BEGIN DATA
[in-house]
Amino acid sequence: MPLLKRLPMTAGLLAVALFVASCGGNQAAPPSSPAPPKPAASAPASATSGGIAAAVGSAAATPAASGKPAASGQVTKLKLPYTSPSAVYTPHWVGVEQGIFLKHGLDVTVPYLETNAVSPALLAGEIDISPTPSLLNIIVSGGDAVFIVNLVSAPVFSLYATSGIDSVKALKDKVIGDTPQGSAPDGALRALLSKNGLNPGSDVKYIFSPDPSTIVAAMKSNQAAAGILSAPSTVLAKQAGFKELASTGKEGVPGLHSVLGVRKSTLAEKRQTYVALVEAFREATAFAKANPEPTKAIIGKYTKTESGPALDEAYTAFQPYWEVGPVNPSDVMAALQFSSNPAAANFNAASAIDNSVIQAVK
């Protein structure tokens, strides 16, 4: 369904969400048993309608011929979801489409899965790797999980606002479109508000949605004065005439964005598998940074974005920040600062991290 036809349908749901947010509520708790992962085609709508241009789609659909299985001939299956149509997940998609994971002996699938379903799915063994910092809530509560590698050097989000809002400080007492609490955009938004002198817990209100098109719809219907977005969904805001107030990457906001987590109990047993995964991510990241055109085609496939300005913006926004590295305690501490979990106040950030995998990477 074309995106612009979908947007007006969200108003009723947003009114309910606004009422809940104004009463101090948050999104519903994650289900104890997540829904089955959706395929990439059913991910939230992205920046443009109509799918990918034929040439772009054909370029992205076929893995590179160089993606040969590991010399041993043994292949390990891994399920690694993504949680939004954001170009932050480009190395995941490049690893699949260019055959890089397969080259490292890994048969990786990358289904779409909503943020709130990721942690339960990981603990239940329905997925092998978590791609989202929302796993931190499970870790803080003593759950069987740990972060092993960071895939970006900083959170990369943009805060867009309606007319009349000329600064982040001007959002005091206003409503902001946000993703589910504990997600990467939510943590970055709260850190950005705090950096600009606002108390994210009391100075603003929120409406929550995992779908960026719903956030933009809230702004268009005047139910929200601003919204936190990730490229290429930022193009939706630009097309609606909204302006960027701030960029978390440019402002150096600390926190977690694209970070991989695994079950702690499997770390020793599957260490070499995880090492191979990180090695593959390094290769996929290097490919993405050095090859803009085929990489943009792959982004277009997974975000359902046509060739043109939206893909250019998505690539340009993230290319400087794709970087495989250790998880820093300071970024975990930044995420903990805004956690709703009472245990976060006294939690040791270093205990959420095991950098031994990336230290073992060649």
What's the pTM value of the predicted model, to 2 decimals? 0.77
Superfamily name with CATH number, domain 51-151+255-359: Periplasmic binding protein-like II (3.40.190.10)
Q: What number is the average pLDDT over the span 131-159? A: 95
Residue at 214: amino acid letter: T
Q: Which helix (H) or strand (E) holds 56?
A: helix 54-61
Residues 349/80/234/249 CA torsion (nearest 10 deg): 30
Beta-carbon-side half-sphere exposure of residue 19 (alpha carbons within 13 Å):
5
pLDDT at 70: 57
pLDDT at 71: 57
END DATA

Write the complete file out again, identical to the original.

[in-house]
Amino acid sequence: MPLLKRLPMTAGLLAVALFVASCGGNQAAPPSSPAPPKPAASAPASATSGGIAAAVGSAAATPAASGKPAASGQVTKLKLPYTSPSAVYTPHWVGVEQGIFLKHGLDVTVPYLETNAVSPALLAGEIDISPTPSLLNIIVSGGDAVFIVNLVSAPVFSLYATSGIDSVKALKDKVIGDTPQGSAPDGALRALLSKNGLNPGSDVKYIFSPDPSTIVAAMKSNQAAAGILSAPSTVLAKQAGFKELASTGKEGVPGLHSVLGVRKSTLAEKRQTYVALVEAFREATAFAKANPEPTKAIIGKYTKTESGPALDEAYTAFQPYWEVGPVNPSDVMAALQFSSNPAAANFNAASAIDNSVIQAVK
């Protein structure tokens, strides 16, 4: 369904969400048993309608011929979801489409899965790797999980606002479109508000949605004065005439964005598998940074974005920040600062991290 036809349908749901947010509520708790992962085609709508241009789609659909299985001939299956149509997940998609994971002996699938379903799915063994910092809530509560590698050097989000809002400080007492609490955009938004002198817990209100098109719809219907977005969904805001107030990457906001987590109990047993995964991510990241055109085609496939300005913006926004590295305690501490979990106040950030995998990477 074309995106612009979908947007007006969200108003009723947003009114309910606004009422809940104004009463101090948050999104519903994650289900104890997540829904089955959706395929990439059913991910939230992205920046443009109509799918990918034929040439772009054909370029992205076929893995590179160089993606040969590991010399041993043994292949390990891994399920690694993504949680939004954001170009932050480009190395995941490049690893699949260019055959890089397969080259490292890994048969990786990358289904779409909503943020709130990721942690339960990981603990239940329905997925092998978590791609989202929302796993931190499970870790803080003593759950069987740990972060092993960071895939970006900083959170990369943009805060867009309606007319009349000329600064982040001007959002005091206003409503902001946000993703589910504990997600990467939510943590970055709260850190950005705090950096600009606002108390994210009391100075603003929120409406929550995992779908960026719903956030933009809230702004268009005047139910929200601003919204936190990730490229290429930022193009939706630009097309609606909204302006960027701030960029978390440019402002150096600390926190977690694209970070991989695994079950702690499997770390020793599957260490070499995880090492191979990180090695593959390094290769996929290097490919993405050095090859803009085929990489943009792959982004277009997974975000359902046509060739043109939206893909250019998505690539340009993230290319400087794709970087495989250790998880820093300071970024975990930044995420903990805004956690709703009472245990976060006294939690040791270093205990959420095991950098031994990336230290073992060649």
What's the pTM value of the predicted model, to 2 decimals? 0.77
Superfamily name with CATH number, domain 51-151+255-359: Periplasmic binding protein-like II (3.40.190.10)
Q: What number is the average pLDDT over the span 131-159? A: 95
Residue at 214: amino acid letter: T
Q: Which helix (H) or strand (E) holds 56?
A: helix 54-61
Residues 349/80/234/249 CA torsion (nearest 10 deg): 30
Beta-carbon-side half-sphere exposure of residue 19 (alpha carbons within 13 Å):
5
pLDDT at 70: 57
pLDDT at 71: 57